Biodegradable glitter can make New Year’s Eve fab and friendly!

The vegan glitter is eco-friendly and made from plants
Pretty! Friendly! It's blue and gold vegan glitter! (Sarah Collins/University of Cambridge)

Hello there!

How have your holidays been? We know that many of you are gearing up for the biggest party of all tomorrow night: New Year's Eve!

And as with any big party, you may have been getting a lot of your supplies together to make for an epic bash. Hats, horns, sparklers, streamers ... maybe even some glitter!

Glitter—those super tiny, colourful, reflective squares—makes everything shimmer and gleam. Sadly though, it is also made of toxic plastic, making it a pain to clean up and yet another contributor towards the serious problem of microplastic pollution. As much as a party should be about letting loose, no one wants to make that kind of mess.

But a team of engineers at the University of Cambridge have a solution. Biodegradable glitter!

Made from cellulose, a material found naturally inside plants, this stuff is just as shiny as normal glitter. But it naturally breaks down, leaving behind no waste. Party on!

The magic of cellulose

Vials of the wonderful plant-based glitter. (Sarah Collins/University of Cambridge)

So how is it made? Cellulose is the central building block of cell walls in plants, fruits, and vegetables. This material is extracted from the plants. According to the researchers, it can be taken from nearly any plant-based source: wood, coffee beans, mango and banana peel, and more!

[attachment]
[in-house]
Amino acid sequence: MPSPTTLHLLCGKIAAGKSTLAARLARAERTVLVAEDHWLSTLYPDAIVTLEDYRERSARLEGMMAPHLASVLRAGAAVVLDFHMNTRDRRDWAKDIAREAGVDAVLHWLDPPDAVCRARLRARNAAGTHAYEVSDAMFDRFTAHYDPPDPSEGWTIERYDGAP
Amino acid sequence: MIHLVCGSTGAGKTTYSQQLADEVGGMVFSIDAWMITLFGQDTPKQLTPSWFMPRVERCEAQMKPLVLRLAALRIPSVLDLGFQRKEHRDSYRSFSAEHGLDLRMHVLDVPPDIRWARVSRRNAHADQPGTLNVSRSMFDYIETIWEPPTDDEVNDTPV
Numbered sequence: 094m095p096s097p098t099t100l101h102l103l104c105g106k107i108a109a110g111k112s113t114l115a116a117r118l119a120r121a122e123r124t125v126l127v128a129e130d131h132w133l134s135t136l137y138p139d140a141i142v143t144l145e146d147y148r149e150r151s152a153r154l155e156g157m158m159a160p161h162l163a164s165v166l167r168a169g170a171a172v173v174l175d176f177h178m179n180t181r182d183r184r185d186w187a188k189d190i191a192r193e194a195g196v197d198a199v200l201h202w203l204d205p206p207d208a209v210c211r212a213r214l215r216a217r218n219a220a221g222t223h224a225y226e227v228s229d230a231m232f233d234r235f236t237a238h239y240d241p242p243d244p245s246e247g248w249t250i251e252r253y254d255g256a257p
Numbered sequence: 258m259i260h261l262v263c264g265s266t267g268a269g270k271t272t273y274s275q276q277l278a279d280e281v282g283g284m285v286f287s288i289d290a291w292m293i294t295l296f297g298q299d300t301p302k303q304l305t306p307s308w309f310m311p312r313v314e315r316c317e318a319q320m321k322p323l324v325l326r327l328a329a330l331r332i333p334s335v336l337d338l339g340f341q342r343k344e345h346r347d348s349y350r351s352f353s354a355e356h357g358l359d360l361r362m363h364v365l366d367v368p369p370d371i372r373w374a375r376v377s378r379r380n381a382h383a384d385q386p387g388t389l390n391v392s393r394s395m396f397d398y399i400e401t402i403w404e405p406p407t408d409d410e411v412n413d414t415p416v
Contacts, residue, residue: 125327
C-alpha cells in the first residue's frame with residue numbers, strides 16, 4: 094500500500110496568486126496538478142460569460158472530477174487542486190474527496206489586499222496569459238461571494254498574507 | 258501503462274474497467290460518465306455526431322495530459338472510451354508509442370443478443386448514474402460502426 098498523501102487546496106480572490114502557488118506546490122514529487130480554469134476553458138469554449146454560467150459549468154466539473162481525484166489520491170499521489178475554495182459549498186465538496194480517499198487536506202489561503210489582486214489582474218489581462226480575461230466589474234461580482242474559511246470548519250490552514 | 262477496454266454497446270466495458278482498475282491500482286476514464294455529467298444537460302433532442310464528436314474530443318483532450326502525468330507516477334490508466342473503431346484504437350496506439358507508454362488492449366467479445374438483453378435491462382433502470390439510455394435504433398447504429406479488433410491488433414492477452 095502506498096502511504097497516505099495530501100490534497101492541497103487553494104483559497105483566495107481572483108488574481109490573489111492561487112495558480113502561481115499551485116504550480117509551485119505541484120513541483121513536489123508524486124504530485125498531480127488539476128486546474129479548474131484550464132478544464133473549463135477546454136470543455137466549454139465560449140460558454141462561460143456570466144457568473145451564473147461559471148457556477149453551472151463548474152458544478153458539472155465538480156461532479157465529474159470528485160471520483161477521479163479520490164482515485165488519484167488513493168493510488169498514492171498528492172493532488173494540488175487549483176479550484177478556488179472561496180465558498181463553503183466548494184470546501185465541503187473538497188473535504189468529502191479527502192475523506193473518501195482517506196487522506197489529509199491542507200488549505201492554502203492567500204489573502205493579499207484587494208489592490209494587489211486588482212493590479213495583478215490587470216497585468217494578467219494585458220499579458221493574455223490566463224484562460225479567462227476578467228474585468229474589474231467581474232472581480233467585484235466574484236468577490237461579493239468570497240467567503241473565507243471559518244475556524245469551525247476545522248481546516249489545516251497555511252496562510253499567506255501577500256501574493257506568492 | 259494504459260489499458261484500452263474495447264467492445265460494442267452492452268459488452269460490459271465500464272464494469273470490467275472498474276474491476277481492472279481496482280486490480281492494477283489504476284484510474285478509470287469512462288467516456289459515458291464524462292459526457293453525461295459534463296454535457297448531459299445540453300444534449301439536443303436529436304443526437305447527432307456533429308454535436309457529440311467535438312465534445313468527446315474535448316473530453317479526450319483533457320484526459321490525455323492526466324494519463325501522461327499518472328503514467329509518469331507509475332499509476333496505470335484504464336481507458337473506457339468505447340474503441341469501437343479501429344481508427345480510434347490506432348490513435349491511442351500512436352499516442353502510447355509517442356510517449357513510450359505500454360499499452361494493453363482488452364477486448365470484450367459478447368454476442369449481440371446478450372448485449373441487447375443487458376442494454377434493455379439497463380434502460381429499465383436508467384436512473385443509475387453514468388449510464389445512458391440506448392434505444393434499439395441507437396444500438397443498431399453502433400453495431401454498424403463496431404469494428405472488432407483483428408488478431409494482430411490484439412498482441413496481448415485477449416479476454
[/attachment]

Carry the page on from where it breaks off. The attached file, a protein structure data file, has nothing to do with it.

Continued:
The cellulose is then pressed into thin sheets. (In fact, cellulose sheets are often used already today as an eco-friendly replacement for plastic packing film.) And finally, the film is ground into tiny particles.

The magic happens thanks to a process called structural colouration, which happens as light hits microscopic cellulose crystals within the particles. The light gets bent as it reflects back, creating all sorts of vivid colours. This is actually the same sort of process that gives some butterflies and birds their lovely, iridescent wings!

The iridescence of the feathers of this common grackle are another example of structural colouration in nature. The colours change as the light moves across the bird's feathers. (Getty Embed)

“Conventional pigments, like your everyday glitter, are not produced sustainably,” said Professor Silvia Vignolini, the study’s senior author, on the University of Cambridge website. “They get into the soil, the ocean and contribute to an overall level of pollution. Consumers are starting to realize that while glitters are fun, they also have real environmental harms.”

While vegan glitter won't save the planet on its own, it is an example of how there are many environmentally harmful processes and products that we can make green if we put our minds to it.

Here's to more inventions like this in 2023. Have a Happy New Year, everyone!

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  1. I found this article very interesting. I also have a question which is: “Are they selling biodegradable glitter anywhere yet? If yes where could I get biodegradable glitter?” Happy new year! 🙂

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